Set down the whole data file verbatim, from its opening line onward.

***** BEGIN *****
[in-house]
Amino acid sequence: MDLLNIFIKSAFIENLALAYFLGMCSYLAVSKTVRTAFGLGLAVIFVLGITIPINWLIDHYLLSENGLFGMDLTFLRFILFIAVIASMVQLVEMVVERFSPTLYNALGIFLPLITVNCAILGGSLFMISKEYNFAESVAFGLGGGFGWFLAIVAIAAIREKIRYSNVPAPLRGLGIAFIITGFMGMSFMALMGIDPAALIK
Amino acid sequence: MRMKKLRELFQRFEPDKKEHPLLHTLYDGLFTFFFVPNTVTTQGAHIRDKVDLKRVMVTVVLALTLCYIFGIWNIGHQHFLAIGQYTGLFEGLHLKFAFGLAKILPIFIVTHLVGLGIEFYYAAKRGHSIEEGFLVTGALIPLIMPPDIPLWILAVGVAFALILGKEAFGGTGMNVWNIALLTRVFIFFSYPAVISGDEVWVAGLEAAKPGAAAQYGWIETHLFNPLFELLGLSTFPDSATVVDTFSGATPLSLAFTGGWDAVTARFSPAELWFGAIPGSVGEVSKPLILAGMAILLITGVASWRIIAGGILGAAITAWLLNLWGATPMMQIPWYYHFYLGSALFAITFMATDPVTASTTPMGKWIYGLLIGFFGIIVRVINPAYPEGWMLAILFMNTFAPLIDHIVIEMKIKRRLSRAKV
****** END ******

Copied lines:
[in-house]
Amino acid sequence: MDLLNIFIKSAFIENLALAYFLGMCSYLAVSKTVRTAFGLGLAVIFVLGITIPINWLIDHYLLSENGLFGMDLTFLRFILFIAVIASMVQLVEMVVERFSPTLYNALGIFLPLITVNCAILGGSLFMISKEYNFAESVAFGLGGGFGWFLAIVAIAAIREKIRYSNVPAPLRGLGIAFIITGFMGMSFMALMGIDPAALIK
Amino acid sequence: MRMKKLRELFQRFEPDKKEHPLLHTLYDGLFTFFFVPNTVTTQGAHIRDKVDLKRVMVTVVLALTLCYIFGIWNIGHQHFLAIGQYTGLFEGLHLKFAFGLAKILPIFIVTHLVGLGIEFYYAAKRGHSIEEGFLVTGALIPLIMPPDIPLWILAVGVAFALILGKEAFGGTGMNVWNIALLTRVFIFFSYPAVISGDEVWVAGLEAAKPGAAAQYGWIETHLFNPLFELLGLSTFPDSATVVDTFSGATPLSLAFTGGWDAVTARFSPAELWFGAIPGSVGEVSKPLILAGMAILLITGVASWRIIAGGILGAAITAWLLNLWGATPMMQIPWYYHFYLGSALFAITFMATDPVTASTTPMGKWIYGLLIGFFGIIVRVINPAYPEGWMLAILFMNTFAPLIDHIVIEMKIKRRLSRAKV